IELTS Listening 7 - Section 4

IELTS Listening Tip

Remember that although the information on the question paper will paraphrase the information that you hear, it will be in the same order. Make sure you keep to the word limit you are given and be careful to check your spelling at the end. You can write your answers in capital letters or lower case.

Section 4: You will hear a talk on bullying in the workplace, giving by a university lecturer to a group of students. First you have some time to look at Questions 31-33.

Now Listen carefully and answer Questions 31 to 33:

Questions 31-33

Write NO MORE THAN THREE WORDS for each answer.

Notes:
The speaker specializes in management .
Bullying in the workplace costs the up to 4 billion a year.
Bullying is caused by
  • insufficient experience,
  • insecurity, or
  • a lack of on the part of managers.

Now look at Questions 34 to 40:

Main methods of bullying
  • Setting tasks.
  • Constantly moving the goalposts.
  • Stopping individuals to criticism.
  • Not or replying to e-mails. This means you cannot expect your staff to you.
  • Using technology. Companies should develop an of practice.
Task
  • In groups other bullying strategies and ways in which they can be .

CHECK ANSWERS

Questions 31-33

Good morning, my name is Dr Mervin Forest and I specialize in management techniques and training. I've been invited here today to talk to you about the cost to the economy of bad management ... and what I would like to dwell on first is an area that has recently been exercising everyone and that is coercion in the workplace, or to put it more simply, bullying.

It has been estimated that bullying at work costs the British economy up to four billion pounds a year in lost working time and in legal fees. And with the problem apparently on the increase, it is time that managers took on board what is happening. I would like to think that what is perceived as bullying is nothing more than lack of experience, insecurity or lack of awareness on the part of managers, and not a conscious effort to attack someone, but that is perhaps a case of, of ... my being naive, or over-hopeful.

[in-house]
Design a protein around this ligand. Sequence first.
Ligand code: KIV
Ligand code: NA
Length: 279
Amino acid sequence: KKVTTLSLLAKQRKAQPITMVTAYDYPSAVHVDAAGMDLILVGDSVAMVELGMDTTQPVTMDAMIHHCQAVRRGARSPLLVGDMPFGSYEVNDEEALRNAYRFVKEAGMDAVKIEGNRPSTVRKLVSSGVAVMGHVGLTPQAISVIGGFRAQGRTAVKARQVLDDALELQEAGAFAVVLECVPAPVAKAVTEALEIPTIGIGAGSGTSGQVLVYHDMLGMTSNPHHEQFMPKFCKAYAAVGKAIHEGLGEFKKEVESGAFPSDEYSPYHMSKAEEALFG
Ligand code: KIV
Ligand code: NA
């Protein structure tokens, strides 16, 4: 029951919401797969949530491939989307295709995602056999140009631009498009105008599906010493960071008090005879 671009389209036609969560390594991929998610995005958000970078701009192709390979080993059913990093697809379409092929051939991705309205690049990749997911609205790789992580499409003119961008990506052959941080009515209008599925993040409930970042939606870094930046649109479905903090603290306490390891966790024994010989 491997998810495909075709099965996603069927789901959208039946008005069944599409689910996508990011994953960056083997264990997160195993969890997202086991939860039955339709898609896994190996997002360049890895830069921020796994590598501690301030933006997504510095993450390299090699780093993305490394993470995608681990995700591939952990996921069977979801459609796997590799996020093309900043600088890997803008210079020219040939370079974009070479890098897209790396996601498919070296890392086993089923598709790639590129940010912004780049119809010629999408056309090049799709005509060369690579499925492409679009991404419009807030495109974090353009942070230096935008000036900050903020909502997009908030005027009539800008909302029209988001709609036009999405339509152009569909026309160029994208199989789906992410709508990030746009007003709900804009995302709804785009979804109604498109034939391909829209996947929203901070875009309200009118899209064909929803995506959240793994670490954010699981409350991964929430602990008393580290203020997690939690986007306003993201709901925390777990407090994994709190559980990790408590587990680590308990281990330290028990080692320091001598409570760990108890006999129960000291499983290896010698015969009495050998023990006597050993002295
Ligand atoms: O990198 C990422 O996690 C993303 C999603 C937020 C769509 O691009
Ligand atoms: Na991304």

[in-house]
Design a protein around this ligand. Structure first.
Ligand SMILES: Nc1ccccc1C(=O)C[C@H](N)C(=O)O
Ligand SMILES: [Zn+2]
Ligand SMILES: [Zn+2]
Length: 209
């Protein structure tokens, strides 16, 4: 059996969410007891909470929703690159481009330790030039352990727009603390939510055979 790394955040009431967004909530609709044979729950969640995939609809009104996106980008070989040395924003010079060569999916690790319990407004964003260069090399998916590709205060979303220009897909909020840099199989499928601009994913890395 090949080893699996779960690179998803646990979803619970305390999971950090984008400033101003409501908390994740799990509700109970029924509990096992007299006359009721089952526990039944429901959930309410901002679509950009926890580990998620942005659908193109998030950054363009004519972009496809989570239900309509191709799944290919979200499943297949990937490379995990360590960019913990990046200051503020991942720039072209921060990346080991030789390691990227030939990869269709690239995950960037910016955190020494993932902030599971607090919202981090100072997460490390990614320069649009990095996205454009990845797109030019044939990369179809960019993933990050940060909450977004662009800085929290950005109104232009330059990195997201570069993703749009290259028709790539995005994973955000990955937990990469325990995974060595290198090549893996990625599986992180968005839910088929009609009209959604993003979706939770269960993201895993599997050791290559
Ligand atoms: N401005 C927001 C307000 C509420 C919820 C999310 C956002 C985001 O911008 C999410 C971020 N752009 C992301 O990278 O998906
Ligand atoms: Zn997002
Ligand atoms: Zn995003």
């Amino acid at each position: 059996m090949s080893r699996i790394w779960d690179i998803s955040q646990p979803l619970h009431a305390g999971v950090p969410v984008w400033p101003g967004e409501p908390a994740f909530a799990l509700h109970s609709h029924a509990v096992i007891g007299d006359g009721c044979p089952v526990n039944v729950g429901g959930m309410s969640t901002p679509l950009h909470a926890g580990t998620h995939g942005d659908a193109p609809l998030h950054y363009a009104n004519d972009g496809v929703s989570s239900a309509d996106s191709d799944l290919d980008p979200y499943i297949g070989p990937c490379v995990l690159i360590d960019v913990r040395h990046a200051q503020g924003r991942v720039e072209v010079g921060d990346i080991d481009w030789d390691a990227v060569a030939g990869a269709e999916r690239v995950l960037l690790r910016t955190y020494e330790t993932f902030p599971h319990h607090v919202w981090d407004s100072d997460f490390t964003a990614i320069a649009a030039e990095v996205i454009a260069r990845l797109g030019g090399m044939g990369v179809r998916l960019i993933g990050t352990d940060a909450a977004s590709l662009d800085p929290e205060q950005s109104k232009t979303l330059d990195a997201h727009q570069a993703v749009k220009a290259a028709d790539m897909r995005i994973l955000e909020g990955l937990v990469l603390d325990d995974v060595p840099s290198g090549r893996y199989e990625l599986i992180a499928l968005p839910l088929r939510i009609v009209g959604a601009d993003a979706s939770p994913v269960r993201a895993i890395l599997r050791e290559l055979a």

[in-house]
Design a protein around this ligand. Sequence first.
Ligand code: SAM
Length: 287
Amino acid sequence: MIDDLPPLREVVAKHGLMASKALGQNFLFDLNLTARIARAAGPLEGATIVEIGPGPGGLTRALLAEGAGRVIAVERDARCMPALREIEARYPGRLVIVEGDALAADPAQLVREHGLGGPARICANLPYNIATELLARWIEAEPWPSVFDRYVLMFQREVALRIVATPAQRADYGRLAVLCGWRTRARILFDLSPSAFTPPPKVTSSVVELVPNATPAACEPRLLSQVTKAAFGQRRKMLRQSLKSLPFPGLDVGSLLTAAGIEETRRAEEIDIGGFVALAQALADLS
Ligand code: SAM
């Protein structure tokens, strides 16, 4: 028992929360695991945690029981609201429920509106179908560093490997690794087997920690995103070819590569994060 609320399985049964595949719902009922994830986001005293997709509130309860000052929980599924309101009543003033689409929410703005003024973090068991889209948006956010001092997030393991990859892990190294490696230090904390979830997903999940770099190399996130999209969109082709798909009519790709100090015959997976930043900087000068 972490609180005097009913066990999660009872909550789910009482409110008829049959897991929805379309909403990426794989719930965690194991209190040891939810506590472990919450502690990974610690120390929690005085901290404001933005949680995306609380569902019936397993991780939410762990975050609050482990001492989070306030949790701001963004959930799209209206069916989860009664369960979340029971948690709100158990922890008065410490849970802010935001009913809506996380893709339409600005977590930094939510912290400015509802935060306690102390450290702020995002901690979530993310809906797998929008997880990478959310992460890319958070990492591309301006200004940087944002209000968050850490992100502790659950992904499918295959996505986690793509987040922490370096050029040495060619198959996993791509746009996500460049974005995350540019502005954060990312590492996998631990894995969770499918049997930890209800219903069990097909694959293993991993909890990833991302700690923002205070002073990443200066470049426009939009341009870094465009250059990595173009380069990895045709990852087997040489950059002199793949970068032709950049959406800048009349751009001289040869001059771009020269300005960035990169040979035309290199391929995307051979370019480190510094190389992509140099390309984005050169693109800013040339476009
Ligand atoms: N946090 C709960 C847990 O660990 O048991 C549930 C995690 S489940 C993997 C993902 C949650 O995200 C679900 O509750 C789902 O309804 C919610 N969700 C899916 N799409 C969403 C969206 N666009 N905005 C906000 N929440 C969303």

Before we break up into groups to look at the first task on the handout you've got, I'd like to give you a start with some of the main bullying methods that have been identified so far. Basically, what I'm going to do here is to give you examples of one or two points. Can you all read the OHP clearly? Yes? Right. Off we go.


Questions 34-40

The first item on the list is giving people tasks which managers themselves cannot do and which are, therefore, impossible to achieve. This is, in fact, a very common strategy used by managers to 'manage' their subordinates. It gives certain people a false sense of security as they watch others failing while they try to a task! This is not bad management; it is just plain stupid. All targets and goals set should be easily achieved within a realistic time-scale.

Sending memos to someone else criticizing the performance of a task where the individual has no way of replying is another common technique; especially when the manager concerned does not reply or makes it impossible for subordinates to contact him or her by not answering the telephone or not replying to e-mails. This is not the style of a sound manager, but rather the antics of someone with emotional problems. If you behave like that, don't expect your staff to respect you.

And now the technological bully. It is interesting how all tools designed to help can be turned into dangerous weapons. The 'urgent e-mail' bully is fast becoming a problem in the office. Employees turn on their computers to be faced with a string of badly worded e-mails, making instant and often unrealistic demands, which reveal the hysteria mode of management. Have you ever felt a sense of dread before looking at your e-mail, even your personal messages? All companies should develop a company strategy whereby there is an a-mail code of practice, with offensive messages being forwarded to a designated person for appropriate action.

I would now like you to break up into groups and brainstorm other bullying techniques which you think you may have experienced and, perhaps, if you are honest, which you have been party to. I can think of at least nine more bullying strategies. I would also like you to consider ways in which you think that each of the techniques on your list can be countered.

Is everyone clear as to what the task is? Yes? Okay. You have got twenty minutes to do this.